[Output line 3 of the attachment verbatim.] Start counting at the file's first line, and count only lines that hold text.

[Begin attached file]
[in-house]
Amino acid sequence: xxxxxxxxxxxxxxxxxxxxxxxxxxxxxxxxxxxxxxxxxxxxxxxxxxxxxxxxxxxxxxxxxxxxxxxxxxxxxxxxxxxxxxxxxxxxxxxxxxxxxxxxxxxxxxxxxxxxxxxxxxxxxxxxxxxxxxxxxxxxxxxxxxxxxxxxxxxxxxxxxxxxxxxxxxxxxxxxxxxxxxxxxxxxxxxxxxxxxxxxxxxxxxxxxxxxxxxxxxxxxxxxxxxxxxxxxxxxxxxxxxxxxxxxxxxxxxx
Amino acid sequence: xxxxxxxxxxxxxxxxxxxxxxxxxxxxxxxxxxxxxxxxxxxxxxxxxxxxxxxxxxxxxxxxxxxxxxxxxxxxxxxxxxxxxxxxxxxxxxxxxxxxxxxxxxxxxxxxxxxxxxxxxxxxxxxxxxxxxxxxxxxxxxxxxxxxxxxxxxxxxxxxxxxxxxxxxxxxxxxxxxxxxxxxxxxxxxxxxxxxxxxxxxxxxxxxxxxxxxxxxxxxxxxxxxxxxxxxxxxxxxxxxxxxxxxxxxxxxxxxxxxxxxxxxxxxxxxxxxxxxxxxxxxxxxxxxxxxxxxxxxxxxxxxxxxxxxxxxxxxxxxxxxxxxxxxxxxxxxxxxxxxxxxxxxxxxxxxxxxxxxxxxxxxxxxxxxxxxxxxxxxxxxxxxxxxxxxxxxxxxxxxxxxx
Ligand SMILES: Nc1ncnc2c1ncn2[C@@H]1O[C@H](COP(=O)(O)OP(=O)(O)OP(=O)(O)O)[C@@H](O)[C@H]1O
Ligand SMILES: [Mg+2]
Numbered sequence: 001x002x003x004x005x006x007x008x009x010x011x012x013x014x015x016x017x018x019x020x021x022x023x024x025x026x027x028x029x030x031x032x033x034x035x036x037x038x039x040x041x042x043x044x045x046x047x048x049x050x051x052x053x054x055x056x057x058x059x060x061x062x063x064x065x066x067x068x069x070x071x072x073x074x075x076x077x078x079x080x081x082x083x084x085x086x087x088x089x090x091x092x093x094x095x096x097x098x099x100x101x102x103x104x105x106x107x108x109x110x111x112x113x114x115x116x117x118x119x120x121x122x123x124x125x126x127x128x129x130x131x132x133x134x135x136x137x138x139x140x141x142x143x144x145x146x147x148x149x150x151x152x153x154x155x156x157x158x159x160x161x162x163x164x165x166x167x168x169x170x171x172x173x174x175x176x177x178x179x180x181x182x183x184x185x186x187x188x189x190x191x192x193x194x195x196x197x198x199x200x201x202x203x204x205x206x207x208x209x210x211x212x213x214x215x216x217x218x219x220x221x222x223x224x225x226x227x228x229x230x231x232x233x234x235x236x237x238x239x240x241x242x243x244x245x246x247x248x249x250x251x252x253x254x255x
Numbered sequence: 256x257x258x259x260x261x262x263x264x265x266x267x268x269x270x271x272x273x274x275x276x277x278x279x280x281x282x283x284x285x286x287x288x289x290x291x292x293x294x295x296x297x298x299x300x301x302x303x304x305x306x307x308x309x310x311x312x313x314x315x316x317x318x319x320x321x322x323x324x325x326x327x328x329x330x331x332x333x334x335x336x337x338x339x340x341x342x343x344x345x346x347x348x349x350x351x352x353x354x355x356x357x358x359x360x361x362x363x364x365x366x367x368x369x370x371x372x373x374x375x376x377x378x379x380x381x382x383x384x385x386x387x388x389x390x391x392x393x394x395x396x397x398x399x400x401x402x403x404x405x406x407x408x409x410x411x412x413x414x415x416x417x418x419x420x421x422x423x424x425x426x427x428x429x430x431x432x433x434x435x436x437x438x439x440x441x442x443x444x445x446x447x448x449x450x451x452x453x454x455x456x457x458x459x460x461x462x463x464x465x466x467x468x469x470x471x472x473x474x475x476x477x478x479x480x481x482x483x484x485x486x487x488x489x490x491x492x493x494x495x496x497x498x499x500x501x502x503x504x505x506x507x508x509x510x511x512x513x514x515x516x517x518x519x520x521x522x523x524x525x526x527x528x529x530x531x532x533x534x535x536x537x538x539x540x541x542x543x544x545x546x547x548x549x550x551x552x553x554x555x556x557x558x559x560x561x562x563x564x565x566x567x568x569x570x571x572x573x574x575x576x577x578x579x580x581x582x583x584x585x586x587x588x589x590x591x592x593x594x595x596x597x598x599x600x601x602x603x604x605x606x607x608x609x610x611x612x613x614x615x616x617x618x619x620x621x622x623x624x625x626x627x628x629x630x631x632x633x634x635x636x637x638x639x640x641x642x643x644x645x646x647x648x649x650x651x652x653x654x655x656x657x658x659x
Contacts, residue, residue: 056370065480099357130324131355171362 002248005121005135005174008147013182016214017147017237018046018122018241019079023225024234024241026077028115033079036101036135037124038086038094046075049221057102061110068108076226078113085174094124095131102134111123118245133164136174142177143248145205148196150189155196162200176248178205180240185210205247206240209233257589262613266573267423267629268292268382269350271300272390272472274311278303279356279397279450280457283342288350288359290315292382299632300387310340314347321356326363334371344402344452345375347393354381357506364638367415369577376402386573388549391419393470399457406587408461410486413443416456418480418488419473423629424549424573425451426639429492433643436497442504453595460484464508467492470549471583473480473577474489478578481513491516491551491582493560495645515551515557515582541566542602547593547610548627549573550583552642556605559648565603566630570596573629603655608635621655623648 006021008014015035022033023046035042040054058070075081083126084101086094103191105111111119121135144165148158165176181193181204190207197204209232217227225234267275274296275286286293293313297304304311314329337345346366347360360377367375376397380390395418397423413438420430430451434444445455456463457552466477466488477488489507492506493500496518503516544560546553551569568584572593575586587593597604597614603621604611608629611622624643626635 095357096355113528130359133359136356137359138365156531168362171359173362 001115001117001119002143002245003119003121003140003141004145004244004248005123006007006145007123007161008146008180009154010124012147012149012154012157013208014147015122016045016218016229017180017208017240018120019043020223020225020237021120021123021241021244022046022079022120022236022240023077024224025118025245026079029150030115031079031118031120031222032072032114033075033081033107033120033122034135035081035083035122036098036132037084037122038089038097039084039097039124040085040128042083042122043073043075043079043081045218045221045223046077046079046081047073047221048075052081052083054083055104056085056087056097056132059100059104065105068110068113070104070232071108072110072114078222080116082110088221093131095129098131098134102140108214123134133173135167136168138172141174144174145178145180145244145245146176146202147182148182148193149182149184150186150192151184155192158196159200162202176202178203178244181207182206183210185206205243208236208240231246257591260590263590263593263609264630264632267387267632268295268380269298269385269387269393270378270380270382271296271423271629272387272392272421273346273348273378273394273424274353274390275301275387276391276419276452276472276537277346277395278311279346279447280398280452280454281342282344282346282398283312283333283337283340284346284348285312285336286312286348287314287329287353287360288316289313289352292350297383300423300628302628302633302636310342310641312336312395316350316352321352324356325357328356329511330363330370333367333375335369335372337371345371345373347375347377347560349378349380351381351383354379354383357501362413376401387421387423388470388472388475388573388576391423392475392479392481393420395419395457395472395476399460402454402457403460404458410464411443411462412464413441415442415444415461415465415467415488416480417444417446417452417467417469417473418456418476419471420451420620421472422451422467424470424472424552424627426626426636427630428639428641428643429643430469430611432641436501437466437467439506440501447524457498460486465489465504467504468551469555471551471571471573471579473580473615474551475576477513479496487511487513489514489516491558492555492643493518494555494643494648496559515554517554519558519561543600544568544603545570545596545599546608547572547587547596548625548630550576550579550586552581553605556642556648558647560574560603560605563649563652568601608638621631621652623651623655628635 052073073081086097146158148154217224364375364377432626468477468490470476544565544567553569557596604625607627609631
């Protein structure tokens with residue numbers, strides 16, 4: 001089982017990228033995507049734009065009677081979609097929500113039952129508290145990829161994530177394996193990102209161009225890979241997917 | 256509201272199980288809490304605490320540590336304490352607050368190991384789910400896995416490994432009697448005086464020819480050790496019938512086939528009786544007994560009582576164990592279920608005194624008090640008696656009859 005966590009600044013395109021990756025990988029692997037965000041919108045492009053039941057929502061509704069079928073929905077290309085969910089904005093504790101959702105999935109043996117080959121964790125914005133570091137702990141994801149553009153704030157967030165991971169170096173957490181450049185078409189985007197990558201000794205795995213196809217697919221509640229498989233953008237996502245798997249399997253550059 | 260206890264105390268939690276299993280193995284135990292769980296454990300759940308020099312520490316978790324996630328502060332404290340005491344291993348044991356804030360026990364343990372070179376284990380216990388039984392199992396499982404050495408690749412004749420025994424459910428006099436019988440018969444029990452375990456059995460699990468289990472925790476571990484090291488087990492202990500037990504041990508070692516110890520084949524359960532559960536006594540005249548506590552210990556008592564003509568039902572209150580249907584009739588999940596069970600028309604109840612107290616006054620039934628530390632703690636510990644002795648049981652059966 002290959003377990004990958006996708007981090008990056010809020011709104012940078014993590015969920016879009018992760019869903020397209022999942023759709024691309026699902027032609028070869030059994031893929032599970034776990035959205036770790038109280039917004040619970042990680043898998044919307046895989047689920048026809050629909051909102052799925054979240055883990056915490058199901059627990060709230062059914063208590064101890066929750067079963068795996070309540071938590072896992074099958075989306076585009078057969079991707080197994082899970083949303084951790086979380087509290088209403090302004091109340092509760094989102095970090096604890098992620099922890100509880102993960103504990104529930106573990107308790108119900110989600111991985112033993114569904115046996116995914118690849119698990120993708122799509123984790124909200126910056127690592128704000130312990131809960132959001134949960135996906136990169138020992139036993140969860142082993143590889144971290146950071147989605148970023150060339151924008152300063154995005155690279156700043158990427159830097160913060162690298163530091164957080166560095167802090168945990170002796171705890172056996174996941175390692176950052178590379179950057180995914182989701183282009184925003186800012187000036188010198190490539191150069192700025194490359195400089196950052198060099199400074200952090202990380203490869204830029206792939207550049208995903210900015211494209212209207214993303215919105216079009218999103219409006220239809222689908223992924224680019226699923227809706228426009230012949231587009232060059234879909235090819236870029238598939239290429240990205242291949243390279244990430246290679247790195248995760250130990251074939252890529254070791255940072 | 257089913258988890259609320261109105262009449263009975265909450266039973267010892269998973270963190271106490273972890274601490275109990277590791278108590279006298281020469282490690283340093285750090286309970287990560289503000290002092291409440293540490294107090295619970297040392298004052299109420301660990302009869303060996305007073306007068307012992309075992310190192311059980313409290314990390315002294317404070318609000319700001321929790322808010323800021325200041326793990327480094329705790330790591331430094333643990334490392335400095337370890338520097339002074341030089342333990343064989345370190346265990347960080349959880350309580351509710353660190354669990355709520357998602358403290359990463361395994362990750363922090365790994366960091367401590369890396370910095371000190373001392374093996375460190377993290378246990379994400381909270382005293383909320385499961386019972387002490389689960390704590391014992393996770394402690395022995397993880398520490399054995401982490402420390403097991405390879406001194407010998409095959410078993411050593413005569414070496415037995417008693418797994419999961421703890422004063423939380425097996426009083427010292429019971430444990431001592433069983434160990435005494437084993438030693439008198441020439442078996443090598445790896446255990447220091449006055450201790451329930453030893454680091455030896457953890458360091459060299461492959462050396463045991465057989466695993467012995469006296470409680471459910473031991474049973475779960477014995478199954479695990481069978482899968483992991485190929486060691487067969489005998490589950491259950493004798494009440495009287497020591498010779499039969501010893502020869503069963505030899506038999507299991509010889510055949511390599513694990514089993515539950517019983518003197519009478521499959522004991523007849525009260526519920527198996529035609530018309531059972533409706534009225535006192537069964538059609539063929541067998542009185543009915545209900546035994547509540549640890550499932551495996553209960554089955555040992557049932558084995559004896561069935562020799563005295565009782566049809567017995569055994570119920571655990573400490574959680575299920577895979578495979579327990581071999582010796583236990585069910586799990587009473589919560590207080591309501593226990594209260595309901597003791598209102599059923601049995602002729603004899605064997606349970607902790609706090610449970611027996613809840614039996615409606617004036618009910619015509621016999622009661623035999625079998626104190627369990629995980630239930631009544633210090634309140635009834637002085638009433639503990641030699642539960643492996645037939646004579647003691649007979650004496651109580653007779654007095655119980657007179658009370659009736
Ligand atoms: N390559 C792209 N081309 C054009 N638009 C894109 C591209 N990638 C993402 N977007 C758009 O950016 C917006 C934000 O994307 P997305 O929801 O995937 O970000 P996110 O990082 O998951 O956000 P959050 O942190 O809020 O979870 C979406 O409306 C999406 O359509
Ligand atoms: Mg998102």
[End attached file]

Amino acid sequence: xxxxxxxxxxxxxxxxxxxxxxxxxxxxxxxxxxxxxxxxxxxxxxxxxxxxxxxxxxxxxxxxxxxxxxxxxxxxxxxxxxxxxxxxxxxxxxxxxxxxxxxxxxxxxxxxxxxxxxxxxxxxxxxxxxxxxxxxxxxxxxxxxxxxxxxxxxxxxxxxxxxxxxxxxxxxxxxxxxxxxxxxxxxxxxxxxxxxxxxxxxxxxxxxxxxxxxxxxxxxxxxxxxxxxxxxxxxxxxxxxxxxxxxxxxxxxxxxxxxxxxxxxxxxxxxxxxxxxxxxxxxxxxxxxxxxxxxxxxxxxxxxxxxxxxxxxxxxxxxxxxxxxxxxxxxxxxxxxxxxxxxxxxxxxxxxxxxxxxxxxxxxxxxxxxxxxxxxxxxxxxxxxxxxxxxxxxxxxxxxxxxx